I took part in a march from Mohandiseen in the Giza governorate, with a group of activist and journalist friends.
The march was cheery and peaceful, as more people joined overtime. There was a drum beat to the chants of: “We the people demand the fall of the regime,” “Down with the rule of the Supreme Guide,” and “Leave! Leave! Leave!.” There were some onlookers from nearby buildings that caused the marchers to chant, “Come down! Come down! Come down!” urging them to get involved in the demonstrations.
Compared to last year, the energy was rather faint.
It was when we approached the 6th of October Bridge leading towards Tahrir Square that the march became divided. Some wanted to continue marching into Zamalek and then into Tahrir, others wanted to proceed to the Square – our group stuck with the latter. Although our numbers dwindled, we continued to march until we ended up in the side streets by Tahrir Square.
Having marched for several hours, we decided to grab a quick bite to eat before heading into the Square. Since it took longer than expected, I ended up leaving the restaurant for an interview with HuffPost Live, just as the sun had set. I was lucky, as Tahrir became gulfed in tear gas and sexual harassment was prolific.
The friends I left behind at the restaurant proceeded to Tahrir and ended up having to make a human chain around the women as they tried to make an escape from the sudden turn of events. They all got out safely, although one unknowingly got mugged.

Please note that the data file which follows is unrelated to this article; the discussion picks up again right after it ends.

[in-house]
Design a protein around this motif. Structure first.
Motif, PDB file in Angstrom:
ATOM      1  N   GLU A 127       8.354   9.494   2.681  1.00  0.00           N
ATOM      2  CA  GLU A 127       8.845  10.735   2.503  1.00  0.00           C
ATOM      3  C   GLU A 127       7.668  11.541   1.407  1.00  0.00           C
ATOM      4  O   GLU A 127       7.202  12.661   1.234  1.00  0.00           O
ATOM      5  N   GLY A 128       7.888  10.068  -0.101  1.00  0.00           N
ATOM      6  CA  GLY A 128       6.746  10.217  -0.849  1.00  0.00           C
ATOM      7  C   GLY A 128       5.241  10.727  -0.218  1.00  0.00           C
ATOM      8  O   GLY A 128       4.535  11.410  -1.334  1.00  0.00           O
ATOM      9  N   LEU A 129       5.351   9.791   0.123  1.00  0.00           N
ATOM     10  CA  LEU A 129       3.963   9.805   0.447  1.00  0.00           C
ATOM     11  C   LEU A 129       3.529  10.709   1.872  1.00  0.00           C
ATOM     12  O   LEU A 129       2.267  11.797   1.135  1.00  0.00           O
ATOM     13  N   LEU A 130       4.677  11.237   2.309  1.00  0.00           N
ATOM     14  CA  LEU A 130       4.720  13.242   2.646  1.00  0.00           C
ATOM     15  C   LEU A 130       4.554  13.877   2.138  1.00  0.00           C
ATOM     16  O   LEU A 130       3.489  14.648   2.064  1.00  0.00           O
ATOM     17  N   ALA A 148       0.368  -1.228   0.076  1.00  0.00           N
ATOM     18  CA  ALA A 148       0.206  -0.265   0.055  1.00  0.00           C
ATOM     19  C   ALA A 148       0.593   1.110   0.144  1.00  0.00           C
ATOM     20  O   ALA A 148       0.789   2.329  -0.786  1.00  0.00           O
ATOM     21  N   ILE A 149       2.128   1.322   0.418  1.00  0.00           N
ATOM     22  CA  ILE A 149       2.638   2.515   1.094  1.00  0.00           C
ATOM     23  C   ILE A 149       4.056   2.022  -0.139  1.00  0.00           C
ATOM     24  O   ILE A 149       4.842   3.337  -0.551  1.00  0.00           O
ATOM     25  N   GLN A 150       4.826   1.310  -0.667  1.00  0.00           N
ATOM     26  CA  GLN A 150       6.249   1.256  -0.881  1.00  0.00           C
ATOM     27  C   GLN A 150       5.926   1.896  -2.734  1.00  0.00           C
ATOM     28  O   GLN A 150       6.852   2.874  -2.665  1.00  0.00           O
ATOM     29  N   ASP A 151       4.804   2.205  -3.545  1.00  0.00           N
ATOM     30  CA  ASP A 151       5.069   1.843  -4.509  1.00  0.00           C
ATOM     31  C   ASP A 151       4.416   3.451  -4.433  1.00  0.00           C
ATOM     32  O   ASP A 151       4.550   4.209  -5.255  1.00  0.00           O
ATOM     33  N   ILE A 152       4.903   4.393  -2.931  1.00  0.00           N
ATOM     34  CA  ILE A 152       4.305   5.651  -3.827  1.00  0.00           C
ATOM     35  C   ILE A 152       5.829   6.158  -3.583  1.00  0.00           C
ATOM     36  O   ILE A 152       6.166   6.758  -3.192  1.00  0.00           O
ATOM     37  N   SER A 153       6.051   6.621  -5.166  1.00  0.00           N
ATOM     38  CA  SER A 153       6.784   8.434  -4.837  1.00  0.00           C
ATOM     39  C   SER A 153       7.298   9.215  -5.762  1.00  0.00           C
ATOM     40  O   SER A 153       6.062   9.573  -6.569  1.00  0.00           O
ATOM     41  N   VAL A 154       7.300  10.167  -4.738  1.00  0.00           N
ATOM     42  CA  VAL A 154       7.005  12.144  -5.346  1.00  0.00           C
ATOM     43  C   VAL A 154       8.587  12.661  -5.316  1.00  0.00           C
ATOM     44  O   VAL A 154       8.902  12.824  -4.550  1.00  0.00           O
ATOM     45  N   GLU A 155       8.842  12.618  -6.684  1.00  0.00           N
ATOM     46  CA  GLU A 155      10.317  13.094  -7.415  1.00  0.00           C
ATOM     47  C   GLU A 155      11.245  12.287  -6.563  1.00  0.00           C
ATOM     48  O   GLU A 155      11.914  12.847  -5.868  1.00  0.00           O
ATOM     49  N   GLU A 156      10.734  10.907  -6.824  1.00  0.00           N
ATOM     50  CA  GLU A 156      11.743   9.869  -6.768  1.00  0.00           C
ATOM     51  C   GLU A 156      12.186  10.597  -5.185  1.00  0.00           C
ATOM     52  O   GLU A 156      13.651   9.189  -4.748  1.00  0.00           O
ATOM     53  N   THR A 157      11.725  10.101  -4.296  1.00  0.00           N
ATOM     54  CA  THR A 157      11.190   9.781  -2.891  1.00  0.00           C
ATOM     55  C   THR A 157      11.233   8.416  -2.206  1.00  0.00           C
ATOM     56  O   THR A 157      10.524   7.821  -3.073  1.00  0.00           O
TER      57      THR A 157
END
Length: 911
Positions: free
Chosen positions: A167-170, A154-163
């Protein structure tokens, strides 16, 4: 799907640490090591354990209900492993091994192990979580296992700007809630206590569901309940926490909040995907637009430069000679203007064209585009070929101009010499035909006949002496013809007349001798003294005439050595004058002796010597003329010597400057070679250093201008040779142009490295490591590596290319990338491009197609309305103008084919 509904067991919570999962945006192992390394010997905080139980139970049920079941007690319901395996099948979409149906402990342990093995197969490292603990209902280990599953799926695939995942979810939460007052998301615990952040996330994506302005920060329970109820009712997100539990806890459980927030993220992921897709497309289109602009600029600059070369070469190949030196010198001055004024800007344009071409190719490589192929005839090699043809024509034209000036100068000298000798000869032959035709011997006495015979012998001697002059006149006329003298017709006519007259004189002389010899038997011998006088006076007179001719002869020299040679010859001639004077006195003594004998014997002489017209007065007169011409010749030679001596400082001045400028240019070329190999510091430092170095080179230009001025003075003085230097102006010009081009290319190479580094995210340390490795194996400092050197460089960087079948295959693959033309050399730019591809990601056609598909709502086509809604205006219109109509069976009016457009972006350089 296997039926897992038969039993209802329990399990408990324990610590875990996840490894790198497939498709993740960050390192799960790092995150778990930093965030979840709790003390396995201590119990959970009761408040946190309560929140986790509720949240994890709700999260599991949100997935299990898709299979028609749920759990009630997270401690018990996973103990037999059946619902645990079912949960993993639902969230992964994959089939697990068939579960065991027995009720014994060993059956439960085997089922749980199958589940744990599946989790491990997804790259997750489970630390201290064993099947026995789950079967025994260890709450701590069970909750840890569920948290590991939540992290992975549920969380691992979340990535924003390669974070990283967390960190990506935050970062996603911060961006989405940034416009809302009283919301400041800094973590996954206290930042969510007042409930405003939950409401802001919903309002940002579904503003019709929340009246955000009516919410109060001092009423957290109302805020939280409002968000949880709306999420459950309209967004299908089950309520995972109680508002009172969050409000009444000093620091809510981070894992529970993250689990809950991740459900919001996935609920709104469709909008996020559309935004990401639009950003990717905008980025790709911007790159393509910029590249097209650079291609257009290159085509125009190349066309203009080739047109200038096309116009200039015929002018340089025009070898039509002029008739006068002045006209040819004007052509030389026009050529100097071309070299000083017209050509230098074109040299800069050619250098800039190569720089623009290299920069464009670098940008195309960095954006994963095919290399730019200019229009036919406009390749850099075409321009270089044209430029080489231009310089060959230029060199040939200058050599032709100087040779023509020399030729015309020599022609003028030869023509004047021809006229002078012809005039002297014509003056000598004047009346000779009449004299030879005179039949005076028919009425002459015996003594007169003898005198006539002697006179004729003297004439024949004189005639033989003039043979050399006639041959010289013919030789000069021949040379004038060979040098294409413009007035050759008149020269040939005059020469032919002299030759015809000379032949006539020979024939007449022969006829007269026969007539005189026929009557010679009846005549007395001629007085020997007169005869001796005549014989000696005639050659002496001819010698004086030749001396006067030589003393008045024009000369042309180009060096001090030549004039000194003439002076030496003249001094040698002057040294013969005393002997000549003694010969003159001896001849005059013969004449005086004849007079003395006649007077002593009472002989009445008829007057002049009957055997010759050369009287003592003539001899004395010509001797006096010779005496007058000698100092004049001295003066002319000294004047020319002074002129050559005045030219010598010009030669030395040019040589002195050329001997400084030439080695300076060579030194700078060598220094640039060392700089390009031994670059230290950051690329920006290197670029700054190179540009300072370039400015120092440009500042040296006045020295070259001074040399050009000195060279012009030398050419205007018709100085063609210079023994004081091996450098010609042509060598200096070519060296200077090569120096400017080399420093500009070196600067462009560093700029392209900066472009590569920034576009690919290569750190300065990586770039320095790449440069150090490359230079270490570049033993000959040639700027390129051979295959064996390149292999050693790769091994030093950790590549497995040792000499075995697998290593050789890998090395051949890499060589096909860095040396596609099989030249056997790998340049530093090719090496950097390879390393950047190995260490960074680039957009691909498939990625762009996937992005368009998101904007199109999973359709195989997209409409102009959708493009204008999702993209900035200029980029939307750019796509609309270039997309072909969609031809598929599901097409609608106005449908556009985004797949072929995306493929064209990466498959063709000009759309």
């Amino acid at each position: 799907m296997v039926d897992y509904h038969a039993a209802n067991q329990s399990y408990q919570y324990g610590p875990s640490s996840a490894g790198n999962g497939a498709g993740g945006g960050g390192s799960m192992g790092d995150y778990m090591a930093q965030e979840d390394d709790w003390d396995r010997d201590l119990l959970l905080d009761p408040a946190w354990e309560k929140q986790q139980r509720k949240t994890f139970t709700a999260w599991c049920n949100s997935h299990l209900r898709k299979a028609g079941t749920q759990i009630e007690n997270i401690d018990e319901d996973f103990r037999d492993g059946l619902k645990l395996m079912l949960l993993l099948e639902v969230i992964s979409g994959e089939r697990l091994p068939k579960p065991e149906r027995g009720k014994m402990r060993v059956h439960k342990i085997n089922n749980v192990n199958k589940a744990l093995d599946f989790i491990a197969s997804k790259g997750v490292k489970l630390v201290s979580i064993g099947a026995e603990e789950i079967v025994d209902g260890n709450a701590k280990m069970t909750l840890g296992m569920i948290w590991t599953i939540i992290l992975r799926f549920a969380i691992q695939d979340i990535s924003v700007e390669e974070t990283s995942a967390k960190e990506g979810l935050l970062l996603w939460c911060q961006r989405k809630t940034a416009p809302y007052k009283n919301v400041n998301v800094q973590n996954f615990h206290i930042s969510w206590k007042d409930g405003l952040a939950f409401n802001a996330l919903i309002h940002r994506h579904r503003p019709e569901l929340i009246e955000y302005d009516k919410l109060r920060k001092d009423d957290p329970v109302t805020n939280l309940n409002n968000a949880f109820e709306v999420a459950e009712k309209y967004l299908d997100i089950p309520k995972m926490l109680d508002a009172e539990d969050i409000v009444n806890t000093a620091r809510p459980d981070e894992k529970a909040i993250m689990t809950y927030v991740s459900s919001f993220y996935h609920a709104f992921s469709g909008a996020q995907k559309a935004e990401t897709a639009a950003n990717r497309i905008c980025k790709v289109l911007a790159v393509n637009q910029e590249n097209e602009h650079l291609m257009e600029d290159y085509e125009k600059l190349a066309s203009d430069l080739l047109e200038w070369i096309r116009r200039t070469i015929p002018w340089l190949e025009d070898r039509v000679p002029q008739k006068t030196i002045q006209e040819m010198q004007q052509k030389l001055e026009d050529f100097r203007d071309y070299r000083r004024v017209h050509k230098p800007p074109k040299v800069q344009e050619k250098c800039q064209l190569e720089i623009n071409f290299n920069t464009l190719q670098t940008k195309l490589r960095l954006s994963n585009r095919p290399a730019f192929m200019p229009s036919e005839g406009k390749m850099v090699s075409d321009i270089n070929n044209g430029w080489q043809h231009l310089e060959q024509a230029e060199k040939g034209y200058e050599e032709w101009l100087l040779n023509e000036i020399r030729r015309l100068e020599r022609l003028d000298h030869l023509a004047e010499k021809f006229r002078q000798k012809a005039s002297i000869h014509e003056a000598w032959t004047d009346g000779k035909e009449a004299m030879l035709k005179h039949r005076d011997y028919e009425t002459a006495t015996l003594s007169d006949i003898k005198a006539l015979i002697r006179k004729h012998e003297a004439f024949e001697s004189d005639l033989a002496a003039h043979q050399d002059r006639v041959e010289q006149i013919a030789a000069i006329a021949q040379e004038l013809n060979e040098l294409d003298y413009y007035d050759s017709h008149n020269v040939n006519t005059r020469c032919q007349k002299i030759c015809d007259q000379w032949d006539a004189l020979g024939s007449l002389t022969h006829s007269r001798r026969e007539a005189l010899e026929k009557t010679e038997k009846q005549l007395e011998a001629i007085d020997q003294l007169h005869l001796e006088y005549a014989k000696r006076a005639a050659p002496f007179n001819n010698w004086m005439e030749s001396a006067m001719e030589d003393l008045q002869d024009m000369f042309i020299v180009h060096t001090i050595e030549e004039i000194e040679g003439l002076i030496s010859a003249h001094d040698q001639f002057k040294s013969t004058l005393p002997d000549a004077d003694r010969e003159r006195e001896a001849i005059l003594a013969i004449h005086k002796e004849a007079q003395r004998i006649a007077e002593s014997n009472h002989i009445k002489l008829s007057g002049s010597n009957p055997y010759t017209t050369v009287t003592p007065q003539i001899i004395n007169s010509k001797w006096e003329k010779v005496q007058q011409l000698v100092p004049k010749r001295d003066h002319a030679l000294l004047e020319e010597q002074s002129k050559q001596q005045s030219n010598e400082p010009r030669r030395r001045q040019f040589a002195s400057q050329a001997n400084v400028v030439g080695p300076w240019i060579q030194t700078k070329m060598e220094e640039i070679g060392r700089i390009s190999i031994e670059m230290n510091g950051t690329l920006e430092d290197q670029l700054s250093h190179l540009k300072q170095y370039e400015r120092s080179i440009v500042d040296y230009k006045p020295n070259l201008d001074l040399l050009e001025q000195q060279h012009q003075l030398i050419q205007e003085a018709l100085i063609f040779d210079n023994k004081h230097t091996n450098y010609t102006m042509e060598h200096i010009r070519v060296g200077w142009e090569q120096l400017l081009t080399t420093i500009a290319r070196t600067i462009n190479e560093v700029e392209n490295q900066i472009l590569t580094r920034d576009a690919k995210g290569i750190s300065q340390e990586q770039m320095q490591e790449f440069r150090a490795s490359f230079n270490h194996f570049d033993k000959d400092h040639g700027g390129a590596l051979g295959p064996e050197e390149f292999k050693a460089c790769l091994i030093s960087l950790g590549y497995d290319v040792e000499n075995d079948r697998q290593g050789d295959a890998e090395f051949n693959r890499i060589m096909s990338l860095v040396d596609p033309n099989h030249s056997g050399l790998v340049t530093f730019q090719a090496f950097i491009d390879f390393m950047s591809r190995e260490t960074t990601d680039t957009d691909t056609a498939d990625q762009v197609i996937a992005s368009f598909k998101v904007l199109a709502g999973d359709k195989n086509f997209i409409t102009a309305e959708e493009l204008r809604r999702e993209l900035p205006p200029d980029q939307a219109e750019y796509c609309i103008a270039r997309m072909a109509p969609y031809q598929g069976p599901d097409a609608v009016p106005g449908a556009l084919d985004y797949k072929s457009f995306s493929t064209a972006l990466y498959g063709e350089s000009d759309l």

Check out my photos of the march, here.
By Friday night at least seven were reported dead with at least 450 injured throughout Egypt, as protesters clashed with CSF forces.
It was on Saturday that the violence escalated on a whole different level, when the Egyptian court announced the verdict of the Port Said Soccer Match Massacre that took place last February. Twenty-one men were sentenced to death, which initially brought relief to the families of the 72 that lost their lives. In Port Said, there was an opposite response that sparked anger and brought people to streets, since a number of the accused were from the port city.
That very day clashes caused at least 30 deaths and 400 were injured in Port Said.
On Sunday, mourners gathered at the funeral of those who died the previous day at Al-Mariam Mosque, only for it to be hit by heavy tear gas. This, of course, angered the Egyptian people, as they could not fathom why a peaceful funeral procession was being attacked. Many pointed fingers at the silent President Mohamed Morsi. It was not until Sunday evening, that he decided to make an appearance announcing a State of Emergency in three cities.
In Cairo, clashes continued near the Ministry of Interior with no end on Sunday and are now in their fourth consecutive day. The streets are dead and so are many of the popular hangouts. Rumor has it that Cairo may have to undergo curfew as well.
Many Egyptians are distraught and confused, as nobody knows what to expect any more. Some say Morsi’s days are numbered, while others think that is an unrealistic approach to take.
All we can do is sit and watch at this point.
By Holly Dagres, Aslan Media Columnist